FDA and EMA Accept Regulatory Submissions for Vorasidenib for IDH-Mutant Diffuse Glioma

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Vorasidenib has been granted regulatory submission acceptance by the FDA and EMA for IDH-mutant diffuse glioma.

Susan Pandya, MD

Susan Pandya, MD

The FDA has accepted and granted priority review for a new drug application for vorasidenib (AG-881) for the treatment of patients with IDH-mutant diffuse glioma. Additionally, the European Medicines Agency has granted accelerated assessment to the Marketing Authorization Application for the agent.1

The submission acceptances are backed by findings from the randomized, registration-enabling, double-blind, phase 3 INDIGO trial (NCT04164901), in which vorasidenib 40 mg administered once daily in 28-day cycles (n = 168) elicited a statistically significant and clinically meaningful median progression-free survival by blinded independent central review of 27.7 months (95% CI, 17.0-not estimable) vs 11.1 months (95% CI, 11.0-13.7) with placebo (n = 163; HR, 0.39; 95% CI, 0.27-0.56; 1-sided P < .001) in patients with residual or recurrent grade 2 glioma harboring an IDH1/2 mutation who have undergone surgery as their sole treatment.1,2 Findings from the trial, were presented at the 2023 ASCO Annual Meeting and simultaneously published in the New England Journal of Medicine.

Additional secondary end point findings, which were presented at the 2023 Annual Meeting of the Society for Neuro-Oncology, demonstrated a statistically significant median time to next intervention with vorasidenib that was not reached vs 17.8 months with placebo (HR, 0.26; 95% CI, 0.15-0.43; P < .001).1 Furthermore, vorasidenib reduced tumor volume by a mean of 2.5% (TGR, –2.5%; 95% CI, –4.7% to –0.2%) every 6 months. Conversely, in patients randomly assigned to the placebo arm, tumor volume increased by a mean of 13.9% (TGR, 13.9%; 95% CI, 11.1%-16.8%) every 6 months per blinded independent radiology committee.

Vorasidenib is a selective, oral, brain-penetrant dual inhibitor of IDH1/2 enzymes. If approved, this drug would become the first-in-class targeted therapy for patients with IDH-mutant gliomas.

“In the realm of glioma treatment, innovation has been stagnant for nearly a quarter-century, posing challenges for patients who, post-surgery, may opt to defer treatment due to concerns around potential toxic adverse effects [AEs],” Susan Pandya, MD, head of Cancer Metabolism Global Development Oncology & Immuno-Oncology at Servier, stated in a news release. “As a drug specifically designed to be highly blood-brain barrier penetrant, vorasidenib has demonstrated clinically meaningful efficacy in patients with IDH1/2-mutant gliomas alongside a consistently manageable safety profile. This promising outcome brings hope to patients grappling with IDH-mutant diffuse gliomas, offering a potential breakthrough for those eagerly awaiting a new therapeutic option."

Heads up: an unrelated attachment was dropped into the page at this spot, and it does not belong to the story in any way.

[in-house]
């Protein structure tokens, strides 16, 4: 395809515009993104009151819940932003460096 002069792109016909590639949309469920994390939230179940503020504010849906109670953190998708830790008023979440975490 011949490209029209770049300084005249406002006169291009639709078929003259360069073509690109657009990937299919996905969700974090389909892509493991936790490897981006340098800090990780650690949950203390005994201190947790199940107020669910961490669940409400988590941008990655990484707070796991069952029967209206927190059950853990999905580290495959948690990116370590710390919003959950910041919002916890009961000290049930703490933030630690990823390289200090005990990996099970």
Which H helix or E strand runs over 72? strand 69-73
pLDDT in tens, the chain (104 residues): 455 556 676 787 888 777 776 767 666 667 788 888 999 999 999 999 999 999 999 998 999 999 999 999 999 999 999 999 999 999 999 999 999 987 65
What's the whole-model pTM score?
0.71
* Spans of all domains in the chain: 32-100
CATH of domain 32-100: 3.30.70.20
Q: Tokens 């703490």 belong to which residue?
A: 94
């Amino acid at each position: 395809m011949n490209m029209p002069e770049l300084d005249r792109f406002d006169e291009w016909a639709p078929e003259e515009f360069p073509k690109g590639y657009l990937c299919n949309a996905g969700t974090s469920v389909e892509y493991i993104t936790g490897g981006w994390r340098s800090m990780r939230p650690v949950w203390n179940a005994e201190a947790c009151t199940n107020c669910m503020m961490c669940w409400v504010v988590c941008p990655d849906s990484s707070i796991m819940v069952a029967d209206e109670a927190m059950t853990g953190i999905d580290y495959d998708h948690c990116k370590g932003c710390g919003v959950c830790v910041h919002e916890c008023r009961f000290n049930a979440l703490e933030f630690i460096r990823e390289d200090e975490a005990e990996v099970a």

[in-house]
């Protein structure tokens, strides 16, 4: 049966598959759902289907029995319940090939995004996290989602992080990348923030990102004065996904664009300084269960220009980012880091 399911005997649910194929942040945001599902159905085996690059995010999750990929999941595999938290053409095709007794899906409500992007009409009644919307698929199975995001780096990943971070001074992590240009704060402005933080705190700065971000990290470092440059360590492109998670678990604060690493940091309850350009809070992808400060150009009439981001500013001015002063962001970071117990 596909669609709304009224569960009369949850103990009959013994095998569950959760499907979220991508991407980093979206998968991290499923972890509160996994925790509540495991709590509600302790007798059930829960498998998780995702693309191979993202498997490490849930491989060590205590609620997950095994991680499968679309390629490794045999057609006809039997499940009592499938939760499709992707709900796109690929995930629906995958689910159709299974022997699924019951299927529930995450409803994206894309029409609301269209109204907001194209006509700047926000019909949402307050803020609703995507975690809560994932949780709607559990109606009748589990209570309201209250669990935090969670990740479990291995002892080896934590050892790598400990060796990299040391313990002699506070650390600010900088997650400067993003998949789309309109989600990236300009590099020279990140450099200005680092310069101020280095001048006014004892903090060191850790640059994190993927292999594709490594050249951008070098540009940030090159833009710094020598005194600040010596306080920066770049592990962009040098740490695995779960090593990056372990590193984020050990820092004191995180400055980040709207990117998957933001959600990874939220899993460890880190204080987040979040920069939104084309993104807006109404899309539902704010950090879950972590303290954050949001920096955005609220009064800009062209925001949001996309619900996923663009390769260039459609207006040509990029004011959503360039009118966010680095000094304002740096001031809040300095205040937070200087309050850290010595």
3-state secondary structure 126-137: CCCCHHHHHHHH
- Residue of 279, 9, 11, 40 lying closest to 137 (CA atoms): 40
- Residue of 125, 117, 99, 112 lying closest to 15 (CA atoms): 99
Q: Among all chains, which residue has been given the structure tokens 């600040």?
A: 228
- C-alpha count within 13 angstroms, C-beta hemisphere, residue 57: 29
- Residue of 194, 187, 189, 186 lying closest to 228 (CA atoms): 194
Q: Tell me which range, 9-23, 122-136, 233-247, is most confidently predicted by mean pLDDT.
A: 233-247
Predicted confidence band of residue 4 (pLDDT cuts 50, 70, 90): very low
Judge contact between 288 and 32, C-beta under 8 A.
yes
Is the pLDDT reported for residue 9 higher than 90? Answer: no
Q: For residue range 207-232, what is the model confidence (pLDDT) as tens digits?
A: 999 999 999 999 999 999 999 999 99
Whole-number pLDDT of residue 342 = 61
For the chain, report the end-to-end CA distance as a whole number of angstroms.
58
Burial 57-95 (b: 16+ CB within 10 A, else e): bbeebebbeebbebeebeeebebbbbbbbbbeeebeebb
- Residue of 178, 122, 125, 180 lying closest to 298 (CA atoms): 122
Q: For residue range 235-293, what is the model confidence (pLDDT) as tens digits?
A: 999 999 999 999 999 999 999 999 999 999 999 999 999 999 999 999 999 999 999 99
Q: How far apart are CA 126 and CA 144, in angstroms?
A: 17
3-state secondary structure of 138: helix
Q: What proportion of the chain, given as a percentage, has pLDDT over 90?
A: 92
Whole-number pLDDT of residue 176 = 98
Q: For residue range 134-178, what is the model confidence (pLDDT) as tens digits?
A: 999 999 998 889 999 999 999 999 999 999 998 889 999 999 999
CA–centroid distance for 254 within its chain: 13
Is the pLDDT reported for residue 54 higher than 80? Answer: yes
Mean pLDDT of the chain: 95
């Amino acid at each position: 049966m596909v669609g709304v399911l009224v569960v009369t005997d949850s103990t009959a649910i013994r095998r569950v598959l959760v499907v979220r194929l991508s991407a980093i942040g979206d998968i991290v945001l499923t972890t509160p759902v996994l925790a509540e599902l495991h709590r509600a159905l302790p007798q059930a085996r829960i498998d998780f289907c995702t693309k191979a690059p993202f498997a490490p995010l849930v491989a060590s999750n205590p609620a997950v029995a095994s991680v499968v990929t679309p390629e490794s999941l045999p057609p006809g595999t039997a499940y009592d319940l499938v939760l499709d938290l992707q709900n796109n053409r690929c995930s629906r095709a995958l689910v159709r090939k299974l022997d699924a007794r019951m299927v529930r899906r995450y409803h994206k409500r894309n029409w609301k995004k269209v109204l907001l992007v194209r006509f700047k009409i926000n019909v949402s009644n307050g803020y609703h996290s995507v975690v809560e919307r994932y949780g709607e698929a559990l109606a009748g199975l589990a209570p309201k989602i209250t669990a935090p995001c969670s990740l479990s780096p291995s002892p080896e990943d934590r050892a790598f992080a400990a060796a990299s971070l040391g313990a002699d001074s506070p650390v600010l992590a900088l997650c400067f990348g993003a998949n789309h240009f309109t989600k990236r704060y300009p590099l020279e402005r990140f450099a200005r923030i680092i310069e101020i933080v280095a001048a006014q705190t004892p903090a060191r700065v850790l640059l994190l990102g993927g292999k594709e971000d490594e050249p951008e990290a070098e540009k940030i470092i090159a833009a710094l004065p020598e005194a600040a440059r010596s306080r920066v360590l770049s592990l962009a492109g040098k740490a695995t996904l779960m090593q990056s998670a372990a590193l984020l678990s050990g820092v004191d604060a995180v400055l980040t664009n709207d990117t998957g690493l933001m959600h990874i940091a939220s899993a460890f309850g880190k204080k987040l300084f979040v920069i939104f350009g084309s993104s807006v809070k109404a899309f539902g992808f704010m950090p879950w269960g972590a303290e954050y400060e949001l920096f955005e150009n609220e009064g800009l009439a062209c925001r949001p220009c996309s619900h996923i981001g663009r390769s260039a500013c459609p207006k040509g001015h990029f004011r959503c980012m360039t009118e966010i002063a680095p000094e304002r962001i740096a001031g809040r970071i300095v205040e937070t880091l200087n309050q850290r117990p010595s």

The FDA has designated a Prescription Drug User Fee Act action date of August 20, 2024. Approval by the European Commission is expected during the second half of 2024.

Safety findings from INDIGO showed that vorasidenib was well tolerated, with a safety profile consistent with that observed during phase 1 trials. AEs of grade 3 or higher were observed in 22.8% and 13.5% of patients who received vorasidenib and placebo, respectively.2 The most common grade 3 or higher AEs in the vorasidenib safety analysis set (n = 167) were increased alanine aminotransferase (9.6%), increased aspartate aminotransferase (4.2%), seizure (4.2%), increased γ-glutamyltransferase (3.0%), fatigue (0.6%), and diarrhea (0.6%).

“The compelling efficacy results observed with vorasidenib in the INDIGO study underscore its full potential to emerge as the benchmark treatment for patients grappling with IDH-mutant diffuse glioma harboring IDH1/2 mutations,” Claude Bertrand, executive vice president of Research & Development and chief scientific officer at Servier, added in the news release.1 “The submission of global regulatory filings for vorasidenib serve as validation of Servier's global oncology commitment while marking a possibly significant milestone for patients who have endured more than 2 decades without access to new therapeutic solutions.

References

  1. FDA and EMA accept vorasidenib regulatory submissions for the treatment of IDH-mutant diffuse glioma. News Release. Servier. February 20, 2024. Accessed February 20, 2024. https://servier.us/blog/fda-and-ema-accept-vorasidenib-regulatory-submissions-for-the-treatment-of-idh-mutant-diffuse-glioma/
  2. Mellinghoff IK, van den Bent MJ, Blumenthal DT, et al. Vorasidenib in IDH1- or IDH2-mutant low-grade glioma. New Engl J Med. 2023;389(7):589-601. doi:10.1056/NEJMoa2304194
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